Thiemo Daldrup

Institute of Physiology I
Robert-Koch-Str. 27a
D-48149 Münster

Phone: +49 (0) 251/83 55561
Fax.: +49 (0) 251/83 55551


Joined OCC in 2011

Research Project

Neuronal correlates of hippocampal activity at phasic and sustained fear in fear conditioned mice.

Regions of the ventral and dorsal hippocampus differentially contribute to processes of learning and memory. While animals with dorsal hippocampal lesions show deteriorations in cognitive functions like e.g. spatial memory (Morris et al., 1982; O’Keefe and Nadel, 1978; Gaskin and White, 2006), lesions in ventral hippocampus impair animals fear behavior in respective behavioral paradigms (e.g. “open-field”, “elevated-plus-maze”; Hock and Bunsey, 1998; McHugh et al., 2004; Kjelstrup et al., 2002; Pentowski et al., 2006). So far, distinct contributions of both brain regions to the processes of conditioned fear have not been investigated. Thus, the aim of this study is to investigate the neuronal correlates of hippocampal activity (field potential-, single cell recordings) in phasic and sustained fear after fear conditioning in mice.

PhD Committee

Prof. Dr. T. Budde
Prof. Dr. N. Sachser
Prof. Dr. H.-C. Pape


Lange, M. D.*, Daldrup, T.*, Remmers, F., Szkudlarek, H. J., Lesting, J., Guggenhuber, S., … Pape, H. C. (2017). Cannabinoid CB1 receptors in distinct circuits of the extended amygdala determine fear responsiveness to unpredictable threat. Molecular Psychiatry, Epub ahead of print.
*equal contribution

Daldrup T, Lesting J, Meuth P, Seidenbecher T, Pape H-C (2016) Neuronal correlates of sustained fear in the anterolateral part of the bed nucleus of stria terminalis. Neurobiology of Learning and Memory. 131: 137-146. doi:10.1016/j.nlm.2016.03.020

Daldrup T*, Remmes J*, Lesting J, Gaburro S, Fendt M, Meuth P, Kloke V, Pape H-C, Seidenbecher T (2015) Expression of freezing and fear-potentiated startle during sustained fear in mice. Genes Brain Behav 14:281–291. doi:10.1111/gbb.12211.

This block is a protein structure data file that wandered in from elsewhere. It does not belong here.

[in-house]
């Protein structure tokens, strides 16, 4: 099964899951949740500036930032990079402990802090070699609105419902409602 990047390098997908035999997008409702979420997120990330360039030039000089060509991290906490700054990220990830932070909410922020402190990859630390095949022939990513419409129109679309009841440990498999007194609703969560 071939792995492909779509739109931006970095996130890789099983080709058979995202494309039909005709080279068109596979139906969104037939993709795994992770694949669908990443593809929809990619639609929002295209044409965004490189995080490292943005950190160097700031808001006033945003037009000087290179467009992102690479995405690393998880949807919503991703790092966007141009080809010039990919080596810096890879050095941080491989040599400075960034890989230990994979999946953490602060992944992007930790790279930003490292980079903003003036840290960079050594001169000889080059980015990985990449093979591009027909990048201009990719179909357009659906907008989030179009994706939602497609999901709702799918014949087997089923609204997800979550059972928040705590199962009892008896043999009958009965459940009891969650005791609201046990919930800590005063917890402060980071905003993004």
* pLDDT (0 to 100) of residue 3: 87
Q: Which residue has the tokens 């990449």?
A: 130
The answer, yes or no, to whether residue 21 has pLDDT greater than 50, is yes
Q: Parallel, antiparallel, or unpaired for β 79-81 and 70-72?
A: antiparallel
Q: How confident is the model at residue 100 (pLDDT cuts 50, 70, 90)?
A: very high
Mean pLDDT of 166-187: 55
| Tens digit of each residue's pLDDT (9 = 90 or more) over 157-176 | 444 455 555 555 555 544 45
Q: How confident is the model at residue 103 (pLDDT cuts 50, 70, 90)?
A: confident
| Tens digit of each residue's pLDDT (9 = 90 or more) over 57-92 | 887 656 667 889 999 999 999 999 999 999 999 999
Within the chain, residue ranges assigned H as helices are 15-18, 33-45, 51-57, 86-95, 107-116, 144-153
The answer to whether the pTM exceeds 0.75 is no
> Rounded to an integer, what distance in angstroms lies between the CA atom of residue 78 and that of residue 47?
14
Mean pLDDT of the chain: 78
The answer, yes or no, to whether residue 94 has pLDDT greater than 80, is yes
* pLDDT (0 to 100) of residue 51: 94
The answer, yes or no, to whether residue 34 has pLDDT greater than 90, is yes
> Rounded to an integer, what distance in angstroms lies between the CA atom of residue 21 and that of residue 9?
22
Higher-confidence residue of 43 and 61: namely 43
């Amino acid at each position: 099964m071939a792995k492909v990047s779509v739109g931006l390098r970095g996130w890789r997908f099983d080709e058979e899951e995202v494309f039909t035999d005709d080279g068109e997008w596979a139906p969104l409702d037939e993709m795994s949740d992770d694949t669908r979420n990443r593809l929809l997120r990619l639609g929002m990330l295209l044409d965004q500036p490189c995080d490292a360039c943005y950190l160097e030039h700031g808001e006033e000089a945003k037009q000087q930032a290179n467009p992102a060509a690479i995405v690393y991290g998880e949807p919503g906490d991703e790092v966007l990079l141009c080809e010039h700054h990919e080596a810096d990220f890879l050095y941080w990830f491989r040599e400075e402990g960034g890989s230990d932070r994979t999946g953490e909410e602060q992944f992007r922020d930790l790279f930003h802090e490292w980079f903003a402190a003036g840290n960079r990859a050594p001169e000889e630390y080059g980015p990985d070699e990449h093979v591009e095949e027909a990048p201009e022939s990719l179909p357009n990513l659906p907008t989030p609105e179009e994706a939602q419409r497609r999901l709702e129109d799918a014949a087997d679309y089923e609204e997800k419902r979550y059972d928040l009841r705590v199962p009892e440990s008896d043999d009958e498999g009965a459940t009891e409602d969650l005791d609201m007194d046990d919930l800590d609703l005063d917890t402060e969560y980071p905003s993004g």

*equal contribution

Lesting J*, Daldrup T*, Narayanan V, Himpe C, Seidenbecher T, Pape H-C (2013) Directional theta coherence in prefrontal cortical to amygdalo-hippocampal pathways signals fear extinction. PLoS One 8:e77707. doi:10.1371/journal.pone.0077707.
*equal contribution

Conference Contributions

Folta K, Grube D, Rammsayer T, Keller K, Daldrup T, Treue S. (2009).
Learning-induced changes of an attentional check-up mechanism of interval timing in non-human primates.
German Neuroscience Society Meeting, Göttingen.  

Daldrup T, Folta K, Treue S. (2010).
Interval timing: Interference suppression in rhesus-monkeys and humans.
Primate Neurobiology Meeting, Tübingen.


*1981 Münster, Germany
2004-2005 studies in Landscape Ecology, University of Münster
2005-2008 studies in Biology, Justus-Liebig-University Gießen
2008 Bachelor Degree in Biology; Bachelor Thesis: “Impact of attentional distractors on non-human primates subjective time-perception: Effects of modality, position and behavioral relevance“; Supervisor: Prof. Dr. R. Lakes-Harlan, Justus-Liebig University, Gießen; Prof. Dr. K. Folta, German Primate Center, Göttingen
2008-2010 studies in Biology, University of Münster
2009 Research project “The tactile Morris’ Water-Maze: Influences of transcranial magnetstimulation (TMS) on rats’ learning behavior and cortical plasticity.” Dept. of Neurophysiology, Medical Faculty of Ruhr-University, Bochum
2009 Research project “Task-switch in the reversed-gap-paradigm: Mechanisms of attention and time processing in non-human primates.” Cognitive Neuroscience Laboratory, German Primate Center, Göttingen
2010 M.Sc. Degree (Biological Sciences); Master Thesis: “Interaction of attentional and prospective time-related processes in nonhuman primates: interference-induced modulation of subjective time perception”, Cognitive Neuroscience Laboratory, German Primate Center, Göttingen; Supervisor: Prof. Dr. K. Folta, University of Hildesheim
2011 Beginning of PhD research project, Institute of Physiology I, University of Münster